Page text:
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Profitable Trading – Computerised Studies I: DMI and ADX

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Introduction

The spread of personal computers gave investors and traders the opportunity to perform sophisticated computations in an attempt to extract information out of the naked price series. Many traders believe there’s a hidden structure in the markets, and the harder and computationally difficult the indicator is (such as ARIMA, MESA or Fourier analysis) the better. Unfortunately, until now, no computational formula reveals the secret turns of the markets, and if there is one, I don’t think the person or organisation that owns it will show it to the rest of us. But I honestly believe there’s no such formula. The era of deterministic theories of reality is gone. That is clear to me since I’ve been introduced to the quantum theory of physics. More on this: http://www.hawking.org.uk/godel-and-the-end-of-physics.html

But that doesn’t mean technical studies are worthless. There are well known and relatively simple indicators designed to give us information difficult to see or detect by just looking at the price movement, or at least to help us confirm the pattern that price is shaping.

In this article, we’ll study Welles Wilder’s DMI/ADX study

Directional Movement Index (DMI) and Average Directional Movement Index (ADX):

This study came to answer two questions by trend followers: Is there a trend or not? And how strong is it? And these issues aren’t trivial. Trend following traders looks to enter as soon as possible on a trend, usually on breakouts. But, if the market isn’t trending, they enter on a breakout and watch their initial profit become a loss as the breakout fails.

The proper interpretation of ADX help traders to avoid potential losses due to false breakouts, helping them focus on trendy markets, and apply other trading tactics when the signal shows the market isn’t trending.

DMI concept

Directional Movement was developed by J. Welles Wilder Jr, and described in his book New Concepts in Technical Trading System (1968). The DMI indicator is a very useful technical study that shows the market direction. One DMI derivation, the ADX, allows us to quantify the strength of a trend.

The directional movement DI is based on the idea that if the trend is up, the current bar’s high should be above the previous bar high. Conversely, if the trend is down then the current bar’s low should be lower than on the former bar. The difference between the current high and the previous one yields +DI, while, the difference between the current low and the previous one results in –DI. Inside bars are ignored.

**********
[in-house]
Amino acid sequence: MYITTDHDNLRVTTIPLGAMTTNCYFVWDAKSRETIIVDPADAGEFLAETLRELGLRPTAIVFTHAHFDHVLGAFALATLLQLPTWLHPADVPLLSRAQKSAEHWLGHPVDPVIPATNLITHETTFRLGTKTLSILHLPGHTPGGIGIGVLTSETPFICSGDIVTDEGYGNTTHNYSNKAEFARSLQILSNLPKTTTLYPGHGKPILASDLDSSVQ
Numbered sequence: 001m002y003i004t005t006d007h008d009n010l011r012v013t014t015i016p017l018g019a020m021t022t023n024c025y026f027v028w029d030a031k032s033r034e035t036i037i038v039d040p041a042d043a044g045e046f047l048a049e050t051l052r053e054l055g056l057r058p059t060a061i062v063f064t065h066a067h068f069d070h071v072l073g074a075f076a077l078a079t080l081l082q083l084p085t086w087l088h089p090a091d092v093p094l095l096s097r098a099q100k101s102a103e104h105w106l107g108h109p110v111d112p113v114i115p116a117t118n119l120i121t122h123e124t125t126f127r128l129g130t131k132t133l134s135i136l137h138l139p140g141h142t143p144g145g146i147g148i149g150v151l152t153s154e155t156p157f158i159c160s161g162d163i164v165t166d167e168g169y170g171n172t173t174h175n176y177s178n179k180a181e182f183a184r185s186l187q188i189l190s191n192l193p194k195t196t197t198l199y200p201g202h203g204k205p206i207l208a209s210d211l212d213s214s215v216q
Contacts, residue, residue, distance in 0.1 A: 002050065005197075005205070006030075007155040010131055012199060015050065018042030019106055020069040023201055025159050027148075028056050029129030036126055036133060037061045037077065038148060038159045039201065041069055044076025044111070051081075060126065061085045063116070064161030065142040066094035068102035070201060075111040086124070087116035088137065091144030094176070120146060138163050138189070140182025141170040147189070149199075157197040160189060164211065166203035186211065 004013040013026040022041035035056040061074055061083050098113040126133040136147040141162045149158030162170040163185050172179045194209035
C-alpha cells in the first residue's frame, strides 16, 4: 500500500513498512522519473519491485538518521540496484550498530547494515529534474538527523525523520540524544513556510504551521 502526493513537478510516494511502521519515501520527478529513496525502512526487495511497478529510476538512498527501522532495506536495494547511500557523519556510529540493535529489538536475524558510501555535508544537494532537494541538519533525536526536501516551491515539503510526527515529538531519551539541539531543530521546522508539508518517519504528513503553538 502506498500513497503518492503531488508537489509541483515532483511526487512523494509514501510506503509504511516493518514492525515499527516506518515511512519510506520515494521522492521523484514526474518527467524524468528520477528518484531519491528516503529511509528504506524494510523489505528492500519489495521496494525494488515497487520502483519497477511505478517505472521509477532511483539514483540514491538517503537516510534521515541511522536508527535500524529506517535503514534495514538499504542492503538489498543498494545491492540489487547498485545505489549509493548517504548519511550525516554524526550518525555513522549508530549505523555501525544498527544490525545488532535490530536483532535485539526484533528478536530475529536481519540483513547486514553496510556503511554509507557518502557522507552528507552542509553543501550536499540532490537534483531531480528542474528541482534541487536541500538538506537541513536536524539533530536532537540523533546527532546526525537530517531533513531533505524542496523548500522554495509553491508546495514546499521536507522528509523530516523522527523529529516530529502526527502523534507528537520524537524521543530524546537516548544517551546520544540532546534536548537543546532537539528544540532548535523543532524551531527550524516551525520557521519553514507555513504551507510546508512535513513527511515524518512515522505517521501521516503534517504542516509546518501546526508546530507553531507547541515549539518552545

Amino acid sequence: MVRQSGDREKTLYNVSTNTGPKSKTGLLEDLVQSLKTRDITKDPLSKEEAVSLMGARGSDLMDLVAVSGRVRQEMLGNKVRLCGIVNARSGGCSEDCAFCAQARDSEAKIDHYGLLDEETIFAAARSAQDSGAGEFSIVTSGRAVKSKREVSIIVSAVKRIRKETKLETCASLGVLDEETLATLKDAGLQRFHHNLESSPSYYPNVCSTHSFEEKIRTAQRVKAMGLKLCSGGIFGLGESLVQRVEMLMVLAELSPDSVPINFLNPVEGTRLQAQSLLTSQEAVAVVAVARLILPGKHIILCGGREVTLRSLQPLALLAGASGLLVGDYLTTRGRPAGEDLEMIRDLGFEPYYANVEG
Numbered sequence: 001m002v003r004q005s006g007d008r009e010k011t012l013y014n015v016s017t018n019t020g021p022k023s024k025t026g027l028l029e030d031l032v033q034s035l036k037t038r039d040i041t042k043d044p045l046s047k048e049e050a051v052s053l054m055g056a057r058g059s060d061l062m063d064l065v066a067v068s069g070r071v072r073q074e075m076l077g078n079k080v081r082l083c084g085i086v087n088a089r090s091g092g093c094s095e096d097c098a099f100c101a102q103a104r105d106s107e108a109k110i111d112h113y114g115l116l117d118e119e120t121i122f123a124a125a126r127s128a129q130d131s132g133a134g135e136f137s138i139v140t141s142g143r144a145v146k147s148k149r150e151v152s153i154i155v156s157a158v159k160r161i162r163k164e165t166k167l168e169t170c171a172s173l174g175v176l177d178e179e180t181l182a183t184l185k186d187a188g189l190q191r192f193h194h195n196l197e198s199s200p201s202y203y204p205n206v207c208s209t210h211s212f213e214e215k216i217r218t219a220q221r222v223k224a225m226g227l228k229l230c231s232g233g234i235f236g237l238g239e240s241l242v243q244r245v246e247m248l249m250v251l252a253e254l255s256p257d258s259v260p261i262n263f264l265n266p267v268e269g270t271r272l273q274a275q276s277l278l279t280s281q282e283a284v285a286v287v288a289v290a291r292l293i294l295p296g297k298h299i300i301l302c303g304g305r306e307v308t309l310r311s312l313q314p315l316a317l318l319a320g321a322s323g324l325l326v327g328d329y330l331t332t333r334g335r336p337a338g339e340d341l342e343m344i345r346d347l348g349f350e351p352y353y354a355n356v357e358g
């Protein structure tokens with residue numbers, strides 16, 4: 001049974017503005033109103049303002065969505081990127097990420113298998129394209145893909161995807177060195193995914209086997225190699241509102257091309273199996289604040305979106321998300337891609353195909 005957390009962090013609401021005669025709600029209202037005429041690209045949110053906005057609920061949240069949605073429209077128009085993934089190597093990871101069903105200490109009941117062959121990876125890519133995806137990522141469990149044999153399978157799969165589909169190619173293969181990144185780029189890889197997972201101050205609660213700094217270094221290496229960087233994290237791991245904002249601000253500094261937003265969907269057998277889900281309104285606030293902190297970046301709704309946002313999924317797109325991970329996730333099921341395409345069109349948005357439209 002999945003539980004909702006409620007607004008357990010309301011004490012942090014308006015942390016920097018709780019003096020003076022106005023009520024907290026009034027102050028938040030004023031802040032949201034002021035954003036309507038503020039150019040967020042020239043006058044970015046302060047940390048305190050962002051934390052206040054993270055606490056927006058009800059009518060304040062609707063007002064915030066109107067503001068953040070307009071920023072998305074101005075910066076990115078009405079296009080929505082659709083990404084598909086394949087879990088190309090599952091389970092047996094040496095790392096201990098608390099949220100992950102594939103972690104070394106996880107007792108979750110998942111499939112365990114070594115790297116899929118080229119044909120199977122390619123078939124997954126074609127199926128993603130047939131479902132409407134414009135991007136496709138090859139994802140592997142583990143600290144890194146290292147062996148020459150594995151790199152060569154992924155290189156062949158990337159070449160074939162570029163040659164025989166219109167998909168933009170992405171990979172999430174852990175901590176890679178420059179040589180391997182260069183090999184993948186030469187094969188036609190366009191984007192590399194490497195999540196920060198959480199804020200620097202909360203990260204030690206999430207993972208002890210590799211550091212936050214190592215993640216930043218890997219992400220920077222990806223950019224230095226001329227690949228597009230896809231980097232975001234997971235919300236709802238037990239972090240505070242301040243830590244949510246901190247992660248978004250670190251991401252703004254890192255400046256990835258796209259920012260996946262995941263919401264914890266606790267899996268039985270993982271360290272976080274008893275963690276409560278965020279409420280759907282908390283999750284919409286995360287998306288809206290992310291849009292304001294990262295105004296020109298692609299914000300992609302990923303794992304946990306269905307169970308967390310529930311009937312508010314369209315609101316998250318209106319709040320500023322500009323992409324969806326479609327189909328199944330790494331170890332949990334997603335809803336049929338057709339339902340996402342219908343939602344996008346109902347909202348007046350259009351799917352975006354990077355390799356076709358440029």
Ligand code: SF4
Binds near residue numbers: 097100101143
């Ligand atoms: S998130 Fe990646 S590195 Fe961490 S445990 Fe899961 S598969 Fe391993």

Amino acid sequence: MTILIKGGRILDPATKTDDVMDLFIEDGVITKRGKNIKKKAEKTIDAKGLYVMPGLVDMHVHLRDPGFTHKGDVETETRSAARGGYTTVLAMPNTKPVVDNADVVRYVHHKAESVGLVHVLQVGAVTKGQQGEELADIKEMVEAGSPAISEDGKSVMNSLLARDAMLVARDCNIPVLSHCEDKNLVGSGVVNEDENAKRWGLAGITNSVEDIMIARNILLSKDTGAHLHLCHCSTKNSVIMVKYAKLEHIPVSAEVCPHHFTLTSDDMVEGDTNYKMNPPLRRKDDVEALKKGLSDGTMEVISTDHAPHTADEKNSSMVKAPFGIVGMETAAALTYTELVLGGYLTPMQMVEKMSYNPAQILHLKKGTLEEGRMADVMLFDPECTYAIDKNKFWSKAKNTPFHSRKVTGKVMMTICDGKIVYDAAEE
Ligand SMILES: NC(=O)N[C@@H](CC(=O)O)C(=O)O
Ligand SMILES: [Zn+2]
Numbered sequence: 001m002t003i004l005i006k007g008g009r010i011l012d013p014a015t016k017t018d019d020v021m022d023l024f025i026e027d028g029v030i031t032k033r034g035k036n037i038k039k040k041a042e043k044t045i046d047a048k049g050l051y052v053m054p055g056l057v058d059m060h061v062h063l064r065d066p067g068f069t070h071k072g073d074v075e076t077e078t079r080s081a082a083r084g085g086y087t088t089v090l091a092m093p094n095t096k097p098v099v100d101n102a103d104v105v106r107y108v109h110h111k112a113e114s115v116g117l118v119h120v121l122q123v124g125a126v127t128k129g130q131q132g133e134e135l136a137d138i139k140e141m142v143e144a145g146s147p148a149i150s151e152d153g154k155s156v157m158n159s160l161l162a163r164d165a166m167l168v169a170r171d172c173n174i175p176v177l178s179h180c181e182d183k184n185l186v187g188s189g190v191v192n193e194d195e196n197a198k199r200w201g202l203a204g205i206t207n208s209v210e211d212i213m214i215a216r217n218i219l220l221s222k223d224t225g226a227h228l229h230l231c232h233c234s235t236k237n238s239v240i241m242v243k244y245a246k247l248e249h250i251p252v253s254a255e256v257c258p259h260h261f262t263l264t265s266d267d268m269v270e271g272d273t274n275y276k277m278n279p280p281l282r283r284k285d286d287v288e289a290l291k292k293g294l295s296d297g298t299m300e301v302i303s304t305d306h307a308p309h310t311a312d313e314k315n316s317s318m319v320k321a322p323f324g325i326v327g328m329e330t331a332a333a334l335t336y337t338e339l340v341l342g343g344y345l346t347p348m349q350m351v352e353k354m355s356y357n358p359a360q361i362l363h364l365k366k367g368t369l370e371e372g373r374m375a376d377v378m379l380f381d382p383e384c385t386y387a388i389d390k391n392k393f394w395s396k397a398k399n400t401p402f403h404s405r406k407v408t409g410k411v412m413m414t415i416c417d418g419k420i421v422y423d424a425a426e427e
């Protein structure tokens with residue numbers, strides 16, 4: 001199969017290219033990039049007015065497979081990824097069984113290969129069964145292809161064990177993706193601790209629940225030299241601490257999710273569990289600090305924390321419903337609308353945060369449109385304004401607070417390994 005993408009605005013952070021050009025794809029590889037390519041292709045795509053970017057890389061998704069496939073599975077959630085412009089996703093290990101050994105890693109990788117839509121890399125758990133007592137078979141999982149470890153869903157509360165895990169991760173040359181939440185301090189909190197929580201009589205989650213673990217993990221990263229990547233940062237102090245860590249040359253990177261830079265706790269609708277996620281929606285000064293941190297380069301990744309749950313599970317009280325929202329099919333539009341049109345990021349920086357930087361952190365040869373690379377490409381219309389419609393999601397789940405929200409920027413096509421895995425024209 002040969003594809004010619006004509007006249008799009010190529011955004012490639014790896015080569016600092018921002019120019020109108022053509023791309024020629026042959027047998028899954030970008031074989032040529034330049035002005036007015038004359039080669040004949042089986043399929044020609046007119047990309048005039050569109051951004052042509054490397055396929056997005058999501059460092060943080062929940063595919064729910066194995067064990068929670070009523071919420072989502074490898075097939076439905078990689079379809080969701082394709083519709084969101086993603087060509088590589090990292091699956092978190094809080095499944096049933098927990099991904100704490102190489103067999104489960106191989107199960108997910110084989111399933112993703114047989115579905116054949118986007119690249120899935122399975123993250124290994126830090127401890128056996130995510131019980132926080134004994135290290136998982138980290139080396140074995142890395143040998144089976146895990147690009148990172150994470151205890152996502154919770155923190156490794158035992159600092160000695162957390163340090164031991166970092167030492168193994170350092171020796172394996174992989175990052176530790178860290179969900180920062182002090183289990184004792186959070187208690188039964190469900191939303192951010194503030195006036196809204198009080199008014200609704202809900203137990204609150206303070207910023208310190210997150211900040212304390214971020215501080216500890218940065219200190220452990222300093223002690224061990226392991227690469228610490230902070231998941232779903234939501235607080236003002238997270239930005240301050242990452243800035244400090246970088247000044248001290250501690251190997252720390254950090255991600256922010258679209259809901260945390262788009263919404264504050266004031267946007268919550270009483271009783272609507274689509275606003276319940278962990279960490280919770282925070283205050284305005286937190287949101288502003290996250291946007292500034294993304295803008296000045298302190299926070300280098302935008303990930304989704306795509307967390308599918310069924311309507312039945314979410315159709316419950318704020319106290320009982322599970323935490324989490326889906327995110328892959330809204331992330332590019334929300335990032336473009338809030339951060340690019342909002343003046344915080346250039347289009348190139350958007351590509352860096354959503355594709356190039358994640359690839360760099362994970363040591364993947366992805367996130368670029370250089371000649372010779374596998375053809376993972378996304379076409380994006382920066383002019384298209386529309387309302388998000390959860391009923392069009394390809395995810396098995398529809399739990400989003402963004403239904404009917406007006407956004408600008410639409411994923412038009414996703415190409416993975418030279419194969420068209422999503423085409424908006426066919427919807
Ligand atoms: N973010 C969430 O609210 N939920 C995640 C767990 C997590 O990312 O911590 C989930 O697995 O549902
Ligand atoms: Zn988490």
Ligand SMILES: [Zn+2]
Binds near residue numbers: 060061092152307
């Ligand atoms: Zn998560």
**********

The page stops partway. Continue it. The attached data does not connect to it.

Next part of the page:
1. If the current bar’s range moves above the previous bar’s range, there’s a new +DM value; while –DI = 0
  2. If the current bar’s range goes below the previous bar range, there’s a new –DM value, while +DI = 0
  3. Outside bars (whose low and high are beyond yesterday’s range) will have both, positive and negative DM. The larger will be used and the shorter equated to zero.
  4. On an outside bar, if both values are equal, then both DM =0
  5. On Inside bars, both DM = 0

Computation of the DMI

DI, the directional indicator, is computed by dividing DM by the True Range (TR).

DI = DM / TR

TR, the true range is the biggest of these three quantities:

High – low

High – close

Close-low

The resulting DI calculation may be positive or negative. If positive (+DI), it’s the percentage of the current bar’s true range that’s up. If negative (-DI), it’s the percentage that’s down for that bar.

The DI’s are averaged over a period. Mr. Wilder suggests 14 bars.

The calculation for 14 bars is:

+DI14 = DM14 / TR14

Where DM14 and TR14 are the averages of those quantities over a 14 bar period.

ADX is derived from +DI and +DI, using the following steps:

  1. The absolute difference is computed:

DIdiff = | [(+DI) – (-DI)] |

  1. The sum is, also, computed:

DIsum = [(+DI) + (-DI)]

  1. Compute DX:

DX = 100 x DIdiff / DIsum

The 100 scales the DX values between 0 and 100.